US independent makes new Taranaki gas discovery

Westech Energy has made another commercial discovery in one of its small onshore Taranaki licences.

Westech Energy has made another commercial discovery in one of its onshore Taranaki licences.

The Colorado-based company today released details of its expanded Surrey well program in PEP 38734, including plans to drill the Surrey-2 appraisal well as soon as possible and to bring the Surrey and nearby Windsor wells into commercial production shortly.

Westech said its New Zealand subsidiary, which holds a 100% interest in the permit PEP 38734, had completed the Surrey-1 well as an oil and gas producer from the shallow Miocene-aged Mount Messenger sands.

The well was drilled to a total depth of 1935m and a gross reservoir of 25m, from 1610m to 1635m, was found to contain an 11m net hydrocarbon column near the top of the zone. A confirmatory production test, from 1615m-1618m, flowed 116 barrels of (30 degree API) oil and 1.26 million cubic feet of gas per day with no water. This was on a 1/4 inch choke and at a flowing tubing pressure of 1240 psi.

The gas was dry gas, composed of 97.1% methane (C1) and 2.16% ethane and higher (C2+) hydrocarbons, with no hydrogen sulphide (H2S) and negligible carbon dioxide.

Company president Ed Davies said from Denver that Westech was very pleased to have struck hydrocarbons again in another of Westech’s onshore Taranaki licences.

He hoped Westech could repeat its 2000 success in the adjoining PEP 38732, when two of three Windsor wells drilled resulted in commercial gas flows. Then Westech completed the Windsor-1 and 3 wells as Mt Messenger gas producers. The Winsor-2 well, which had been drilled into a separate reservoir proved to be a dry hole. All wells, which were Westech’s first for the Taranaki Basin, were drilled and deviated from the same pad. However, the company did not release detailed flow rates at that time.

The OD & E Rig 19 is proving to be a lucky rig for Westech as it drilled first the Windsor and now the Surrey wells.

Davies said he expected the Surrey-1 well to be placed on production shortly, following an agreement on a gas sales contract. The perforated interval would be expanded prior to production and it was anticipated that the Windsor-1 and 3 gas wells, located 8km north of Surrey, would be produced under the same gas contract.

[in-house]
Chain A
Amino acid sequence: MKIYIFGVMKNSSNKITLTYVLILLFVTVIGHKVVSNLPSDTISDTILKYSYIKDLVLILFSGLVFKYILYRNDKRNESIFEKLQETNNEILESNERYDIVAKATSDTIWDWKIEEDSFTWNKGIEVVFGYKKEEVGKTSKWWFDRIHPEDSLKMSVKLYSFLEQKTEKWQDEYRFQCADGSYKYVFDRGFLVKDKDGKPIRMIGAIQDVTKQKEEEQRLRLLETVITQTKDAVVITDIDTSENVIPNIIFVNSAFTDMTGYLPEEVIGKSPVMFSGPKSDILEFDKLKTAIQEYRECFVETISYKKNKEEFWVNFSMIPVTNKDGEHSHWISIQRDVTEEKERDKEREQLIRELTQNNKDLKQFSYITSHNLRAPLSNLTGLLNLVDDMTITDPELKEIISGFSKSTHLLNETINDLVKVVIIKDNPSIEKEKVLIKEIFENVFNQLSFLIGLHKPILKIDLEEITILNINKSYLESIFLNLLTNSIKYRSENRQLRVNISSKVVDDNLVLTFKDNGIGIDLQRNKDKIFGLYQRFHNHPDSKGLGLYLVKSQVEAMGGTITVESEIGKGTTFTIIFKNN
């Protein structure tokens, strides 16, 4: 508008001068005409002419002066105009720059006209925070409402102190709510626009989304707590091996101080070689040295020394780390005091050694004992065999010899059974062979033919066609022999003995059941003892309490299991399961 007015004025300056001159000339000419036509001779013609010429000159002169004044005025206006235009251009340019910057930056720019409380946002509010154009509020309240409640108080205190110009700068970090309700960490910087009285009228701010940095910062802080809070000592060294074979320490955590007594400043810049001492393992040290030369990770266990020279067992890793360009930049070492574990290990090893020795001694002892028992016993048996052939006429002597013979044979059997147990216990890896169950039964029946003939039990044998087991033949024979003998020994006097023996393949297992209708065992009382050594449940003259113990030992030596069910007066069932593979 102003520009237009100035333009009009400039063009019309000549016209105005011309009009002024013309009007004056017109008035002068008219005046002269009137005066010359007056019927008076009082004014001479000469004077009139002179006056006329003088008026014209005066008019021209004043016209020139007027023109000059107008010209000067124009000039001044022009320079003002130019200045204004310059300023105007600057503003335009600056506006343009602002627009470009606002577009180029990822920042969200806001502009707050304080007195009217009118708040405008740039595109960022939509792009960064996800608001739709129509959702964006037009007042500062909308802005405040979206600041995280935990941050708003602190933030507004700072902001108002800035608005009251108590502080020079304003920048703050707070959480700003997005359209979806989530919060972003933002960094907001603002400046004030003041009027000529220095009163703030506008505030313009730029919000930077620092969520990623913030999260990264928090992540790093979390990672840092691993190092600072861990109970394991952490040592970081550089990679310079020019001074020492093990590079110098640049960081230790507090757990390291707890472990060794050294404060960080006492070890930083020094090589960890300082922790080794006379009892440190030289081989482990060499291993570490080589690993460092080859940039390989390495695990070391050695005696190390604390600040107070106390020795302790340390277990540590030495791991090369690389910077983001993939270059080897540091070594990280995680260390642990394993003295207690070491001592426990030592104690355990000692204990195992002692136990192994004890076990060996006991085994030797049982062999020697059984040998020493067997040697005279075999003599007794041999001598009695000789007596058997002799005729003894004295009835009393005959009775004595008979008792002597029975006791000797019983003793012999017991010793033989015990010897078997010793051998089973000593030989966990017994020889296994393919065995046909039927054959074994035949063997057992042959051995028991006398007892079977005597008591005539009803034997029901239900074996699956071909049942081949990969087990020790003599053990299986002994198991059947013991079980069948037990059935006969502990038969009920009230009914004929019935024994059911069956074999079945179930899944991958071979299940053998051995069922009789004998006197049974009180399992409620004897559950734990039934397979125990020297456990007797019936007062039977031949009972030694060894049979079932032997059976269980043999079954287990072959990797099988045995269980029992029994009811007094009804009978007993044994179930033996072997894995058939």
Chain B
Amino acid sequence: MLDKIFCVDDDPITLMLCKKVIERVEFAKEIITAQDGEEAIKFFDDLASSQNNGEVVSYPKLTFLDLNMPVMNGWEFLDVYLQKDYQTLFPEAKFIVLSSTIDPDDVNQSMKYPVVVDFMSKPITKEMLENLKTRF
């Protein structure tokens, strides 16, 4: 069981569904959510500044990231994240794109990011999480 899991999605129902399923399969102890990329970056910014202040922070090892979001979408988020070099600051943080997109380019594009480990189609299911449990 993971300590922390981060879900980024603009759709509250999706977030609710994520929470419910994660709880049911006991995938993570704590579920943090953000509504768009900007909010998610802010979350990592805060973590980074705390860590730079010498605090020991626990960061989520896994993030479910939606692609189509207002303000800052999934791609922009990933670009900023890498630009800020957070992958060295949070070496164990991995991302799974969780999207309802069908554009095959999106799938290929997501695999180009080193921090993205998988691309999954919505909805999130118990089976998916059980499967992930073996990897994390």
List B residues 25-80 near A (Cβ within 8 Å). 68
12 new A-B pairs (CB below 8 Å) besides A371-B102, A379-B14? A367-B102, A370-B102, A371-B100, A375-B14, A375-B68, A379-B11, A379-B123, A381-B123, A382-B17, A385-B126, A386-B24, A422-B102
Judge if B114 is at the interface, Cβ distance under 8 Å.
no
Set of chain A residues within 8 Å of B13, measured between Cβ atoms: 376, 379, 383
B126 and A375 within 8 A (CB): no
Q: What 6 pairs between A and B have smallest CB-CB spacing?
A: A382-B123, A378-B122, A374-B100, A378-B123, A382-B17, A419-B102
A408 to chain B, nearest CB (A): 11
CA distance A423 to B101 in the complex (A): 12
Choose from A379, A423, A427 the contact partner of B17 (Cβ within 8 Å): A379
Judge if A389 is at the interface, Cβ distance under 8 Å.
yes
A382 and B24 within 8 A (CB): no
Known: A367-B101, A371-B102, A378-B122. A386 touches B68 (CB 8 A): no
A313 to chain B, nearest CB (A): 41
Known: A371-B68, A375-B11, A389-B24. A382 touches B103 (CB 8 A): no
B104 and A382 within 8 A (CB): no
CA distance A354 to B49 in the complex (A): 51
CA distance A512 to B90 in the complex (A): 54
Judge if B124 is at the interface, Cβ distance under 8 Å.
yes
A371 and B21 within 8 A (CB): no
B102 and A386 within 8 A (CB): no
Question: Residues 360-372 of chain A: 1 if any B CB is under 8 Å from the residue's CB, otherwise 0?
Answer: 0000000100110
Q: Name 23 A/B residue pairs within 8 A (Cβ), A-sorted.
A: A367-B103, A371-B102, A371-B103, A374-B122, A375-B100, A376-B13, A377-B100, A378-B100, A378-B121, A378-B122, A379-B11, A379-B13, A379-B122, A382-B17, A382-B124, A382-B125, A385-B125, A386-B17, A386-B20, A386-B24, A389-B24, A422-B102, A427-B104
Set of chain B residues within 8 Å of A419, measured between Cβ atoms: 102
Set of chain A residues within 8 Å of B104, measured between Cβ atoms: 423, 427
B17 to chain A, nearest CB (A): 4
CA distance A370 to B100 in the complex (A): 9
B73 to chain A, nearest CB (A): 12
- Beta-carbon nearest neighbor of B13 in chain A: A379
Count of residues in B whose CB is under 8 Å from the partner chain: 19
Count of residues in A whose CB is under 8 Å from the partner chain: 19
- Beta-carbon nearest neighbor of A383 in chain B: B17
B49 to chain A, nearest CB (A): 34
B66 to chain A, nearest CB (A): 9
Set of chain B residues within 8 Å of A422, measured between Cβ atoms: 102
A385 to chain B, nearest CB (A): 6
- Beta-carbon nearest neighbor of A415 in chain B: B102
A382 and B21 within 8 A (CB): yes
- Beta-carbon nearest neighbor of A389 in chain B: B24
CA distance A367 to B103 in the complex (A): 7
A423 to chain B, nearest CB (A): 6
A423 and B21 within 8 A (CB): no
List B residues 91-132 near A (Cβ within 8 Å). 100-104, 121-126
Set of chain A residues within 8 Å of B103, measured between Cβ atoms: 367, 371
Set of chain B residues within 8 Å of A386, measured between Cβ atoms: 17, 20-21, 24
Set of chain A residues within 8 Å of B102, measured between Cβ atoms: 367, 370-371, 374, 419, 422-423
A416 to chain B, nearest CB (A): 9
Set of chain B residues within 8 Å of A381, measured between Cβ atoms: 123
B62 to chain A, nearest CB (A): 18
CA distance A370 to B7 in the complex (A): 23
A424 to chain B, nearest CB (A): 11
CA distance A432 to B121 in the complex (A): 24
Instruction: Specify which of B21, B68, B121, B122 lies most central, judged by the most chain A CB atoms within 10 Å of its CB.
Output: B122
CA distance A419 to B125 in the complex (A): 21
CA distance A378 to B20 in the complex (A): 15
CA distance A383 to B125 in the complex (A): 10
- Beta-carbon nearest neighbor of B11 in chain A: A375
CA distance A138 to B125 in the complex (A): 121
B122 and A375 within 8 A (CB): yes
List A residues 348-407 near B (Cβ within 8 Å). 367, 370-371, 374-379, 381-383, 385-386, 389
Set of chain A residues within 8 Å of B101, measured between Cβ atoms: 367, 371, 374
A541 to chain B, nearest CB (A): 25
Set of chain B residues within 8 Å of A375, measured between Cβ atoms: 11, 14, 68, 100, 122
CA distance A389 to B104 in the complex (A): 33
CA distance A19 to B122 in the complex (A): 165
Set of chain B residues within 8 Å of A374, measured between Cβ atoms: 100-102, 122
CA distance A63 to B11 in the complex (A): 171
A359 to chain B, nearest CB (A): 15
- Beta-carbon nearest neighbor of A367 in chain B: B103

There have been rumours circulating the Taranaki energy industry that Kaimiro operator Greymouth Petroleum is keen to transport hydrocarbons from the Surrey and Windsor wells to the nearby Kaimiro production station for on-sale, with Greymouth marketing all gas and liquids produced on behalf of Westech. Likely gas buyers were believed to be Contact Energy for use in its aging New Plymouth power station.

Greymouth principal John Sturgess told EnergyReview.Net that Greymouth and Westech had earlier this year talked about transporting hydrocarbons to Greymouth’s Kaimiro plant.

Although there had been no recent discussions, Greymouth was still keen to process Surrey and Windsor hydrocarbons for Westech at Kaimiro. This would be on a similar basis to its recent offer to fellow Ngatoro partners New Zealand Oil and Gas and Indo-Pacific Energy _ whereby Greymouth would operate the Ngatoro well sites remotely, processing Ngatoro hydrocarbons at Kaimiro and selling Ngatoro gas on behalf of the partners. This would be for a 15% real rate of return on Greymouth’s capital invested.

Westech downstream operations director Kevin Johnson said that no gas sales contracts had yet been finalised. Contact Energy was a possible purchaser of Surrey and Windsor gas, “but we will discuss with any or all interested parties.”

The Surrey- 2 appraisal well is to drilled 1.2km south of Surrey-1 as soon as Westech NZ can obtain the necessary resource consents.

Westech Energy New Zealand is a wholly-owned subsidiary of the privately-held Energy Corporation of America based in Denver, Colorado.

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